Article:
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Re: Some thoughts on the semantics of domain and range

From: Graham Klyne <GK@Dial.pipex.com>
Date: Thu, 14 Sep 2000 23:23:34 +0100
Message-Id: <>
To: "Lee Jonas" <ljonas@acm.org>
Cc: <www-rdf-interest@w3.org>
At 03:02 PM 9/14/00 +0100, Lee Jonas wrote:
> >>In summary:
> >>* objectivity about all RDF statements on the entire Web is going
> >>to be impossible - subjectivity (relative to a 'frame of reference')
> >>is the only recourse, therefore conclude stuff based on your viewpoint.
> >
> >Well, TimBL and others have asserted that the Web should have a
> >common "proof language", even if individual statements are interpreted
> >w.r.t. some "frame of reference"  (context?).
> >
>I carefully avoided the term 'context' to avoid confusion with earlier
>posts.  AFAIK context was the term used to describe a mechanism that
>embodies the explicit description of the circumstances in which associated
>RDF statements apply.

I agree -- I was being a bit cryptic there.  I am currently interested in 
trying to use Contexts (per McCarthy/Guha) to address a number of 
"real-world" modelling challenges with RDF.  I was hinting that contexts 
might be used to encapsulate the frame of reference in which statements are 


>"Frame of reference" is something altogether different.  My meaning of
>"frame of reference" is the statements that you are privy to and accept.  As
>said before, an application's "frame of reference" may be a single document
>(plus schemas referred to), an entire data store (DBMS / KB / etc), or
>anything in-between, depending upon its task.

Which, I think, can be described as a context in the sense previously 

(I'm not trying to equate them, just suggesting contexts as a tool for 
dealing with frames of reference as you describe them.)


> >If I understand the concept correctly, this "proof language" embodies
> >some set of rules whereby one can determine the validity or otherwise of
> >some chain of reasoning, based on some set of assertions, including
> >assertions about the nature of the logic of the assertions.  So, for
> >example, fuzzy logic reasoning can be described by some "proof language"
> >assertions, and then fuzzy logic reasoning can be validated using the
> >proof language in concert with those assertions.
> >
>This proof language might test the consistency of multiple statements, but
>again, within your frame of reference.

My point here is that the frame or reference for the proof language is RDF,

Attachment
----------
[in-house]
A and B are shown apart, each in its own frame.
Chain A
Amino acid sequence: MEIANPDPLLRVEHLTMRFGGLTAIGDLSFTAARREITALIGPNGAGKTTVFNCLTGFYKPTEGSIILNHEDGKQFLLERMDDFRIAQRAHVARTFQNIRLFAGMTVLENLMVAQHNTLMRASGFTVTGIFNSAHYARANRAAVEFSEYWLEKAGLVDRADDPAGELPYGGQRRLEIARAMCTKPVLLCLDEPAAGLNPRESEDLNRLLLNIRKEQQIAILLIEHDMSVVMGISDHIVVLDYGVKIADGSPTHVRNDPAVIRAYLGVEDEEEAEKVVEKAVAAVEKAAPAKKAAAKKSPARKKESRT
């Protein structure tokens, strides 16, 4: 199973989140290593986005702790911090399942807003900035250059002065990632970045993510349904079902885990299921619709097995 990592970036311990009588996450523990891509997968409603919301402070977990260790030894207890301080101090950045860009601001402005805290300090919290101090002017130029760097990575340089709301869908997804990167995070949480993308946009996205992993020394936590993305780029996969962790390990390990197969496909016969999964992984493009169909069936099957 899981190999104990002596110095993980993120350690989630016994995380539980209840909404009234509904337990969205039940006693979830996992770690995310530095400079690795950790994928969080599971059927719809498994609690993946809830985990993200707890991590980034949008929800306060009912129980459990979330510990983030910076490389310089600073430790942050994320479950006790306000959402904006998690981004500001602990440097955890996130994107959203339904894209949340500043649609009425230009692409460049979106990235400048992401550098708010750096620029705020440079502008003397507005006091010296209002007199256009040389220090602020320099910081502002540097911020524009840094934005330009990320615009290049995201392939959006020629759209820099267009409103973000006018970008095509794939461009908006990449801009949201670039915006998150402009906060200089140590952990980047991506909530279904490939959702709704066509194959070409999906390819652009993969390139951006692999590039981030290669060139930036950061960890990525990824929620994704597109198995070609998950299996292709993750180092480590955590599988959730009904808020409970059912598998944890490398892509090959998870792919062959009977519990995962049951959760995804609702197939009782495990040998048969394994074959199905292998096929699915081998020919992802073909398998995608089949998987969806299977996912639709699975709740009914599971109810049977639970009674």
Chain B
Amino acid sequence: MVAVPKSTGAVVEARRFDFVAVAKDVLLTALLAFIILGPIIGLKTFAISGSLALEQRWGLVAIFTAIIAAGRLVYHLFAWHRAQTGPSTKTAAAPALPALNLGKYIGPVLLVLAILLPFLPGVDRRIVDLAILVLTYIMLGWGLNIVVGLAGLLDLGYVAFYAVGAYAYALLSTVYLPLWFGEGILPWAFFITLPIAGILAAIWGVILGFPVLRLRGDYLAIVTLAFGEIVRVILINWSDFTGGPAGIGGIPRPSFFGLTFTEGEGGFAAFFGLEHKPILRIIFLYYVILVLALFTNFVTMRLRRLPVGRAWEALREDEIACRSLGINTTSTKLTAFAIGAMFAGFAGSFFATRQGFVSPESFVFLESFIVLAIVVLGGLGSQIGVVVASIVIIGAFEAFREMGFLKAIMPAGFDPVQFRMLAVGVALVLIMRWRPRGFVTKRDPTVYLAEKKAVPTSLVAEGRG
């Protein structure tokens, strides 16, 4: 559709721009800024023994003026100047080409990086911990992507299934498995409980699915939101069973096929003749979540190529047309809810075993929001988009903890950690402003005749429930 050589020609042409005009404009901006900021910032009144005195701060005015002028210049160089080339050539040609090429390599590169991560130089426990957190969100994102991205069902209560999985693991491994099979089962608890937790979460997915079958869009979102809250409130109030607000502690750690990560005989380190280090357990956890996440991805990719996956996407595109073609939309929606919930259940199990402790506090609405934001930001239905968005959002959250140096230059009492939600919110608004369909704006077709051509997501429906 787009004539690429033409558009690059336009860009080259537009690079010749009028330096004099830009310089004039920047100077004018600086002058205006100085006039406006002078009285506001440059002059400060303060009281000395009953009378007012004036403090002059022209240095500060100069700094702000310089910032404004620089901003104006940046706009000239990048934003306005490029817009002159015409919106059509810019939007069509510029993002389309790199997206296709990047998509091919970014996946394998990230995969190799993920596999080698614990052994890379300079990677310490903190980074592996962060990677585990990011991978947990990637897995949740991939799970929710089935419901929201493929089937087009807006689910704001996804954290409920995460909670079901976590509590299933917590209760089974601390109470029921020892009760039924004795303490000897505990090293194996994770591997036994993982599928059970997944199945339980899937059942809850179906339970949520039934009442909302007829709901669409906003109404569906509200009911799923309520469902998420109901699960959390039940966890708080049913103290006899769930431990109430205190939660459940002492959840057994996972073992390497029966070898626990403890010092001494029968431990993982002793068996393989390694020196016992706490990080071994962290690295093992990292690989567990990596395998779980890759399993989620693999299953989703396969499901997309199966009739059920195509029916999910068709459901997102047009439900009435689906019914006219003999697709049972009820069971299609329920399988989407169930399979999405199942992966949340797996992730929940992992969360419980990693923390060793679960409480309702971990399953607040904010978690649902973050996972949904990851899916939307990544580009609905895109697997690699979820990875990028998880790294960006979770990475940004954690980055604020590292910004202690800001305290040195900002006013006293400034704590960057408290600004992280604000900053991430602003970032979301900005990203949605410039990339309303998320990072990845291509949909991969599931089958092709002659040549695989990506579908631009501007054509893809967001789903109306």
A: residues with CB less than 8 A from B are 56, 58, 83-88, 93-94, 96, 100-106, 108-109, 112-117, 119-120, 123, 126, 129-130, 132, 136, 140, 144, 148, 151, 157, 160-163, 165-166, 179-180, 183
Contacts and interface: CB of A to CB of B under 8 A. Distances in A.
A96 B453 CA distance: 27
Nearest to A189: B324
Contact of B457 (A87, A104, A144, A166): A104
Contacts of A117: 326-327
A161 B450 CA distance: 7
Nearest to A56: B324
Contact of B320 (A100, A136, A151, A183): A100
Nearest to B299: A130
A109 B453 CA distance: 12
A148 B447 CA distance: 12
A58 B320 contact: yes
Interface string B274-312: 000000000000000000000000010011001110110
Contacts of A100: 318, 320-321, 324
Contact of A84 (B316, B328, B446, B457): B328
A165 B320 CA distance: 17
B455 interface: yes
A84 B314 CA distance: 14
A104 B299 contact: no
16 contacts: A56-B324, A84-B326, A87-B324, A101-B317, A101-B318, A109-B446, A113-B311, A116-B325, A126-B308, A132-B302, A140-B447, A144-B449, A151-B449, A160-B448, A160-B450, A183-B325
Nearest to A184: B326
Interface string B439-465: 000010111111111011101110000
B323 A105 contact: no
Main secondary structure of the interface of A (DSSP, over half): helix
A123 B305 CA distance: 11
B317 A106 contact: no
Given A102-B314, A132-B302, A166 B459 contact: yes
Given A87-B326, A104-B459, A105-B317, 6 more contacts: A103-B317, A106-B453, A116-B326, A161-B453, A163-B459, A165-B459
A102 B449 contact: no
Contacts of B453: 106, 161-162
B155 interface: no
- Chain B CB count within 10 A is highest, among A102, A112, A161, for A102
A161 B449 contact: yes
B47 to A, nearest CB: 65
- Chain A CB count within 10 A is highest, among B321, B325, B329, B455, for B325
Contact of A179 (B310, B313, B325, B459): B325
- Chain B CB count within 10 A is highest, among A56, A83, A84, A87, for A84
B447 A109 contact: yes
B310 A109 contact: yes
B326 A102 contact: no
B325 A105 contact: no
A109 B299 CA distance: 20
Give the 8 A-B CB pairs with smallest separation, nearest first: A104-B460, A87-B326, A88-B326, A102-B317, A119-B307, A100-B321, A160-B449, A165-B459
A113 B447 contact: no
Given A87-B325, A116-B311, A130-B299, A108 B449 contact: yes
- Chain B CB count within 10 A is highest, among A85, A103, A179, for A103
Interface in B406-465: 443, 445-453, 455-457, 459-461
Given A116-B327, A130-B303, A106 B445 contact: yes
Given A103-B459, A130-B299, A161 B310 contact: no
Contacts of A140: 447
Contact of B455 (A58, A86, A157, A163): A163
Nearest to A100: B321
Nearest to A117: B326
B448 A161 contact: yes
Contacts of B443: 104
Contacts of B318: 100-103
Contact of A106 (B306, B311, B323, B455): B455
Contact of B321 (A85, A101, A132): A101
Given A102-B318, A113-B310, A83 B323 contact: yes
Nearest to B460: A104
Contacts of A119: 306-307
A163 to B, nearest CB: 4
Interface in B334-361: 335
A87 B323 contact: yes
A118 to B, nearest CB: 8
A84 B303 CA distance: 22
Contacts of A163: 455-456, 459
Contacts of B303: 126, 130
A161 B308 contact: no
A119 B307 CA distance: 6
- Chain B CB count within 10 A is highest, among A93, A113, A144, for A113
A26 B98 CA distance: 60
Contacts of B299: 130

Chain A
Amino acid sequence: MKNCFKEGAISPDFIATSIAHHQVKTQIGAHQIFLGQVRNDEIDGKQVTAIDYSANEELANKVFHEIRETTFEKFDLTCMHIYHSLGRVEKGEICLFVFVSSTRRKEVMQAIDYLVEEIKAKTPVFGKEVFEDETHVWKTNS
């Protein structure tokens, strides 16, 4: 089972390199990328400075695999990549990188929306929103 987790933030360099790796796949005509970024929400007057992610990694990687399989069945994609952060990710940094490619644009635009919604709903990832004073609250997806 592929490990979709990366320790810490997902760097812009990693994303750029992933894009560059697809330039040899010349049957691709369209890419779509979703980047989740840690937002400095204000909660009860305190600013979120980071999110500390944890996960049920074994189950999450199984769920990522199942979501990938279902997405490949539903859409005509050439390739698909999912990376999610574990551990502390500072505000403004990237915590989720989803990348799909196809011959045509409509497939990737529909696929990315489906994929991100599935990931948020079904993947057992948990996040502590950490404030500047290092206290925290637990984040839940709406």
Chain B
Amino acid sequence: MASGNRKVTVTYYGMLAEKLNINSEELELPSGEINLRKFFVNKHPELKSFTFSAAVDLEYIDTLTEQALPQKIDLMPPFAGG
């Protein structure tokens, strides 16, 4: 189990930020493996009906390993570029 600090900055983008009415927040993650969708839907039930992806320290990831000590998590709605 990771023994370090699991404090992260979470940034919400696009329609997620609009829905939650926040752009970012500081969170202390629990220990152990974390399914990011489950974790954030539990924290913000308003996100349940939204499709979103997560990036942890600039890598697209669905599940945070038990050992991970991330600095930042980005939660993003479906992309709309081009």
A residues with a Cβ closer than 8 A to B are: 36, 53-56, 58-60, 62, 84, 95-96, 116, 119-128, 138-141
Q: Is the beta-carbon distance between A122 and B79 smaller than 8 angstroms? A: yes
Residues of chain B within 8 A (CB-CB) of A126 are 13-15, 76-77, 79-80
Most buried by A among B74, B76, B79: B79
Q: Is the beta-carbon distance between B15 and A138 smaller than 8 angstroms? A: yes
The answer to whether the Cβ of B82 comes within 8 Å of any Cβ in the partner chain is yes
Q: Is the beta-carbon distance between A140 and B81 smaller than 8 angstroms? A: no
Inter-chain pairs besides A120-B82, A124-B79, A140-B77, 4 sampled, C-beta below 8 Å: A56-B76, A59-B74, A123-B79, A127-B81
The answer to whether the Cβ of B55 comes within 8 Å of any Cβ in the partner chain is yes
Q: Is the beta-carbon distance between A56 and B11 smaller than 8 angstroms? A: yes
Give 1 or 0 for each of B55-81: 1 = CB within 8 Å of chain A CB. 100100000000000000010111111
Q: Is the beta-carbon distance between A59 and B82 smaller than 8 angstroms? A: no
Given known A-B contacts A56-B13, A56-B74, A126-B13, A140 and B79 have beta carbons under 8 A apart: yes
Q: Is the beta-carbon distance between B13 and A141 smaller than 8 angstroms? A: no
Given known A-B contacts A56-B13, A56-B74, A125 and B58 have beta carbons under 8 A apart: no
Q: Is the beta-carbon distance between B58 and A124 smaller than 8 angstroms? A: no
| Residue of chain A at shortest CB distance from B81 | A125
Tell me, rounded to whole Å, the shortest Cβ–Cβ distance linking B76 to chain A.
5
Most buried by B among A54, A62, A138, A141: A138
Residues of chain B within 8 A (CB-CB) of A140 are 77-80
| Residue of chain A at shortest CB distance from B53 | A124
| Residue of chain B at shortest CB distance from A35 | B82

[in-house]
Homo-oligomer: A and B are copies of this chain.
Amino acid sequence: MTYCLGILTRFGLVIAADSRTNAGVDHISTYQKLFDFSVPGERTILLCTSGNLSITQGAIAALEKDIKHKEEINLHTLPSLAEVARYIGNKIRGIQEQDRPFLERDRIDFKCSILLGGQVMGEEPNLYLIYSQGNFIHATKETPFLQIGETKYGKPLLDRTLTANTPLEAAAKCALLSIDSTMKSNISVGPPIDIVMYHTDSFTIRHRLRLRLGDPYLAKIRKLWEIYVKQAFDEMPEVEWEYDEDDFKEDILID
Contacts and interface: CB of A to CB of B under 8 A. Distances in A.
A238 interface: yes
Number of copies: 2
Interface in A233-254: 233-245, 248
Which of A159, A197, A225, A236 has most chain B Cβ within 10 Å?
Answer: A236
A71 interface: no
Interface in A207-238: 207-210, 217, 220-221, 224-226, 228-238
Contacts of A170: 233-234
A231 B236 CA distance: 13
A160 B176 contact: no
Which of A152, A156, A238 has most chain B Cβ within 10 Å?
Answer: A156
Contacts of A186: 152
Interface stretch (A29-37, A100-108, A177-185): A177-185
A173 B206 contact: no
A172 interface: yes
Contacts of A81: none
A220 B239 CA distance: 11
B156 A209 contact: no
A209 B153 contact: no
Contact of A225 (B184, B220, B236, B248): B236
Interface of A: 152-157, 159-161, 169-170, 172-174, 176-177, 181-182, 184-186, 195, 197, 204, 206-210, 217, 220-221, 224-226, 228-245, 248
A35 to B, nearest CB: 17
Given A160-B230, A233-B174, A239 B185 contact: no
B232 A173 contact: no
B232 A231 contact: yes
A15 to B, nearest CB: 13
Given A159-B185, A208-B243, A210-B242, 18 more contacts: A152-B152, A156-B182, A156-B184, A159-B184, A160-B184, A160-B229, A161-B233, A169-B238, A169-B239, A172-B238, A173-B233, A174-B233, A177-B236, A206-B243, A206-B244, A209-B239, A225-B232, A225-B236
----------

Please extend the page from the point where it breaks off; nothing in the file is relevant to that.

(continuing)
and possibly some small elements not yet defined (e.g. 

> >I think the RDF/RDFS core should focus on features needed for that
> >common proof language, which means being able to draw some useful
> >inferences independent of frame of reference.  Conjunctive semantics
> >_seems_ to be consistent with that goal.
> >
>I disagree.  RDF/RDFS core should focus on making statements and defining
>validity constraints of those statements.  Inference based upon those
>statements in my mind is yet another application of RDF, not core to it.
>Our product - Antology(tm) - is an application of RDF that does not care
>about logic or inferencing.

I don't think this debate is going anywhere.  I think we both have a point 
of view that is tenable and workable.  Our perceptions of the purpose of 
RDF lead us to take different positions.  To my mind, the limited inference 
properties of conjunctive domain/range semantics are useful, and make the 
schema system feel more consistent and meaningful.  I would achieve the 
expressive power you seek in different ways.

Ther is, however an issue that, as currently drafted, the RDFS document 
does not describe conjunctive semantics, not withstanding the claimed 
intent of one author.

> >* rdfs:domain is _very_ useful as it currently stands for asserting model
> >validity (albeit based on your current frame of reference).
> >
> >This, I cannot and do not dispute.  Whether it belongs in the core, I
> >question.
> >
>If rdfs:domain is not in the core then how can you infer resource types from
>its predicates anyway?

In this case, I mean the mechanism that describes domains disjunctively not 
being in the core.


Graham Klyne
Received on Thursday, 14 September 2000 19:26:12 UTC

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